It won’t be long until the transformation of Blackwell Island begins.
For decades, the island at the confluence of Lake Coeur d’Alene and the Spokane River has been ill-treated or underutilized. For awhile, it served as a dump for the city of Coeur d’Alene. Periodically, it has been saturated by flooding. In recent years, an RV park has been added to one end of the island by the family that formerly owned the yacht club at the other end.
A good part of the island is flood plain and weeds. But that’s already changing as Coeur d’Alene businessman Duane Hagadone, the new owner, has ordered the flood plain filled to protect his future investment. According to his newspaper, the Coeur d’Alene Press, Hagadone is pushing federal and state agencies to let him begin dredging the Blackwell Channel on Nov. 15.
Unquestionably, Hagadone’s reconstructed Marina Yacht Club LLC will be a welcome addition to his north shore empire. But any plan that calls for dredging 220,550 cubic yards of possibly contaminated sand, silt and gravel from a channel adjoining the Spokane River should have a lengthy review and a public comment period. With so much at stake environmentally, the U.S. Army Corps of Engineers and the Idaho Department of Lands should resist pressure from Hagadone to fast-track the dredging project.
Hagadone plans to overhaul the existing yacht club, expand its marina by 300 boat slips, deepen the channel, and maybe build apartments, townhouses or condominiums. As part of his plans, he is seeking to widen the Blackwell Channel by 50 percent and deepen it to 8 feet. “It’s not deep enough. The trend is for boats getting bigger,” Hagadone official John Barlow explained to Hagadone’s newspaper.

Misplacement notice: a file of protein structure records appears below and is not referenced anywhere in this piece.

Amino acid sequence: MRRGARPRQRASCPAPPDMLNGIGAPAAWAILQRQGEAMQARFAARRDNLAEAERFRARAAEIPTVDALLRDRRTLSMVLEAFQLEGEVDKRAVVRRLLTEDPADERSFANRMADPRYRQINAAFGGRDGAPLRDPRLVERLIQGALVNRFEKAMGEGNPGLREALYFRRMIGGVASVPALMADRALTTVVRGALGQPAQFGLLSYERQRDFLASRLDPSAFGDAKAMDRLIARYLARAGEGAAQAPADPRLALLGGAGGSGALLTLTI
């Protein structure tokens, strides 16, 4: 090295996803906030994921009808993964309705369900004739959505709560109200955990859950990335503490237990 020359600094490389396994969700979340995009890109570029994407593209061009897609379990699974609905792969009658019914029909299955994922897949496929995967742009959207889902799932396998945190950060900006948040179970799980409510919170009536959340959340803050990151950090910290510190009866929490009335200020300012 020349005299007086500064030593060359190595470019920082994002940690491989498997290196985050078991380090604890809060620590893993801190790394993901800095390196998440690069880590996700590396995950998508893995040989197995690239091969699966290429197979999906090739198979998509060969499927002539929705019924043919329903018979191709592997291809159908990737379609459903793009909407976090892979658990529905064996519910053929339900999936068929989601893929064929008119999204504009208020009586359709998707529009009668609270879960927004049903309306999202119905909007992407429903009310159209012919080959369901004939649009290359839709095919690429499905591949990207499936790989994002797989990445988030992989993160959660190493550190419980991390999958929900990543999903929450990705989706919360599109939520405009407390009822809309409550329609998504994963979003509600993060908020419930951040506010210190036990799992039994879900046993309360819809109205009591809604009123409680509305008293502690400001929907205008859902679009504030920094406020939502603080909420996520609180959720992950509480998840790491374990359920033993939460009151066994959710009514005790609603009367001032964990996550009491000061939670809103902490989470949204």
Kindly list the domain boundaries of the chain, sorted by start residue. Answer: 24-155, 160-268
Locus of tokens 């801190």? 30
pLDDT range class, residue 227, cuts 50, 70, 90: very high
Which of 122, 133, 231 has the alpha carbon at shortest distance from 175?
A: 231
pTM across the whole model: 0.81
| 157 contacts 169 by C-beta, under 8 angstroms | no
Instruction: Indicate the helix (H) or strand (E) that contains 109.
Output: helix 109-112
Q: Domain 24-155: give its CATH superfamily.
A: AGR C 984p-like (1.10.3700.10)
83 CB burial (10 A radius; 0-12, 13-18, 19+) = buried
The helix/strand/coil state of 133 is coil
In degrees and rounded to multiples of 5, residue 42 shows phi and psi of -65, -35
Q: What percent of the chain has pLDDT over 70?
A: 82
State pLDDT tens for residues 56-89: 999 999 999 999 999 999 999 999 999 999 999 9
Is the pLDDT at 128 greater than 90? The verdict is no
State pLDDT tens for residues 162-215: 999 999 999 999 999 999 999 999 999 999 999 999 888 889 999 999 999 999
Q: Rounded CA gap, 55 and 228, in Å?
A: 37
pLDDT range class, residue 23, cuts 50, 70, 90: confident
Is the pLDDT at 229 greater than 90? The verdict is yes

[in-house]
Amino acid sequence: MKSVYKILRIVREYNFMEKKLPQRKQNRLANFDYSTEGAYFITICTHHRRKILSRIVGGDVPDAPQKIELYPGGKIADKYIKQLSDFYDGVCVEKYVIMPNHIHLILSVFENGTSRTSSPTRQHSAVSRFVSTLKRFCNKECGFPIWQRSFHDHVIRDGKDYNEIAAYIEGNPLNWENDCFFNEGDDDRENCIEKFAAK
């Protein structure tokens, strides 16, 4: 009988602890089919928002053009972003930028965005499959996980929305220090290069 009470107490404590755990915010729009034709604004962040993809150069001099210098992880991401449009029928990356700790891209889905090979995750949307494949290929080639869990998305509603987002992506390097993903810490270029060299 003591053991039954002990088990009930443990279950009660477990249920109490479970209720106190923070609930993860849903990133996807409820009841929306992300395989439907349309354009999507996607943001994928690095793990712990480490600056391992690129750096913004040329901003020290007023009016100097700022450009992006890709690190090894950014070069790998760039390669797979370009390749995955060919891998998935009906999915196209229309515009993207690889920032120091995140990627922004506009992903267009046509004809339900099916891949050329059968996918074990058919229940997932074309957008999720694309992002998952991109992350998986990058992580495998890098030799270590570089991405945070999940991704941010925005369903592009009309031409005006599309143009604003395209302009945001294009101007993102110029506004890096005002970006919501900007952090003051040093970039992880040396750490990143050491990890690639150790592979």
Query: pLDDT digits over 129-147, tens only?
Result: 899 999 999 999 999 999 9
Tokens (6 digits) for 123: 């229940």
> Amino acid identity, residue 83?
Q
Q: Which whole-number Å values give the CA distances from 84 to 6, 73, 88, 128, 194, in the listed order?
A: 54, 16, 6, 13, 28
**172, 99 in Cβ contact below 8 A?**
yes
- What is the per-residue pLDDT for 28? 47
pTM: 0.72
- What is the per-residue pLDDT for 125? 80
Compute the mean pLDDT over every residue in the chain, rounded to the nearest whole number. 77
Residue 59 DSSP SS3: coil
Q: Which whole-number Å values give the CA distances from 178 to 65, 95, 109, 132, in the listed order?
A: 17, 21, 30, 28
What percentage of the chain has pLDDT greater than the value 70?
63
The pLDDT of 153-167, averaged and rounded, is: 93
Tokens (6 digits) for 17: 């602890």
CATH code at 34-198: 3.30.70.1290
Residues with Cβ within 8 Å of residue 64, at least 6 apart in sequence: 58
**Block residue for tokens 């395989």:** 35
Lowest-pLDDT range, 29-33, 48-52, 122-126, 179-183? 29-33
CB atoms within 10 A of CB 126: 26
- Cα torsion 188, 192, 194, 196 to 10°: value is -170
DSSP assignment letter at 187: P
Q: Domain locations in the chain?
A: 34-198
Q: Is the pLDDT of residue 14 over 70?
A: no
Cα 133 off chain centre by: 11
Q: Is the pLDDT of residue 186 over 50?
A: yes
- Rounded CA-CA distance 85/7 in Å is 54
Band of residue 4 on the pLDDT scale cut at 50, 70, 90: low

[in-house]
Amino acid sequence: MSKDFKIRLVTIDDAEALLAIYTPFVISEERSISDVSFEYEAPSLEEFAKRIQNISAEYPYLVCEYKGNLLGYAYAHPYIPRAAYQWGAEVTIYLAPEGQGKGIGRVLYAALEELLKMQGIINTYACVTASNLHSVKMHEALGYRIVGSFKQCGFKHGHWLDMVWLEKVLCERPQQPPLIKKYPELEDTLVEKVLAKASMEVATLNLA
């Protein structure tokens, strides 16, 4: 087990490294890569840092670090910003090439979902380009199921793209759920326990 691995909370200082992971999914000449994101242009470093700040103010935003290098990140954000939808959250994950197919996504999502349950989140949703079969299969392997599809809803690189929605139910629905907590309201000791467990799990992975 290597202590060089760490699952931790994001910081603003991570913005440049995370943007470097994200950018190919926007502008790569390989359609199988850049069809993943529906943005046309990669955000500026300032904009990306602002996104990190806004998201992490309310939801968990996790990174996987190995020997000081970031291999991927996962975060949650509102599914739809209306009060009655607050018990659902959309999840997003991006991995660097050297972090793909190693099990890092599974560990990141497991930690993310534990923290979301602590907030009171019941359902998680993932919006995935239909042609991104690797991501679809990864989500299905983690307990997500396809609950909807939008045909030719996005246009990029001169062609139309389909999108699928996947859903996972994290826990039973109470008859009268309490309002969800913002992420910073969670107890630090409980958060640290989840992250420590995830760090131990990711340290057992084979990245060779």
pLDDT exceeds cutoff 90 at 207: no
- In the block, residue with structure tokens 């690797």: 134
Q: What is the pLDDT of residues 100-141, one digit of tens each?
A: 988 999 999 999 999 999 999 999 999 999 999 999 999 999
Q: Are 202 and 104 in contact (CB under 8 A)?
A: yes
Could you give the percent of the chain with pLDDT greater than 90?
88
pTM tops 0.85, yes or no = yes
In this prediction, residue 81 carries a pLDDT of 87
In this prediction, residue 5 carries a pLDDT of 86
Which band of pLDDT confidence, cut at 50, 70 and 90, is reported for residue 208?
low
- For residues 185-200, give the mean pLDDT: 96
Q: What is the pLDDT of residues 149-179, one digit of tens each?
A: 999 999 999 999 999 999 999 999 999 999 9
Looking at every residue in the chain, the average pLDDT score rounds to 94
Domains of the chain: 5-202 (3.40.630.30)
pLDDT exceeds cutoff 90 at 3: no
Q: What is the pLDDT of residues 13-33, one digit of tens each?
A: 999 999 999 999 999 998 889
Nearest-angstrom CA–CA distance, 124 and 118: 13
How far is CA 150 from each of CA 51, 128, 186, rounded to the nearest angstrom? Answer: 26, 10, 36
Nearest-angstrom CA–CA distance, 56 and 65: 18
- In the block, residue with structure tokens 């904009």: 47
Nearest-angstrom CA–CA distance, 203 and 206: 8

Barlow went on to say that the soils at the dredge site tested below action levels for heavy metals.
“Metals are not an issue,” he told the Press.
We hope that’s the case, but heavy metals from Silver Valley mining are an issue almost everywhere in the Coeur d’Alene Basin drainage. For the safety of the Spokane Valley/Rathdrum Prairie Aquifer as well as people and properties downstream, it’s necessary to exercise due diligence in the permitting process. The possibility of subterranean contamination from the old landfill also has to be taken into consideration. Additionally, regulatory agencies must be certain the dredging doesn’t damage the seal over the aquifer, the sole source of drinking water for 400,000 people.
Over the Mother’s Day weekend, Spokane businessman Tom Hamilton, operating without all the necessary permits, discovered even a small dredging project on the river can have consequences. When he dredged a natural inlet for a boat slip in front of his house, he buried wetlands, endangered cutthroat trout and spawning beds, and sent a brown plume downstream, angering neighbors. He’s now facing criminal charges.
There are significant differences between that project and Hagadone’s, but with such a negative experience so fresh in the public’s mind, federal and state agencies will be on the spot to assure the river is being treated with the respect it deserves.
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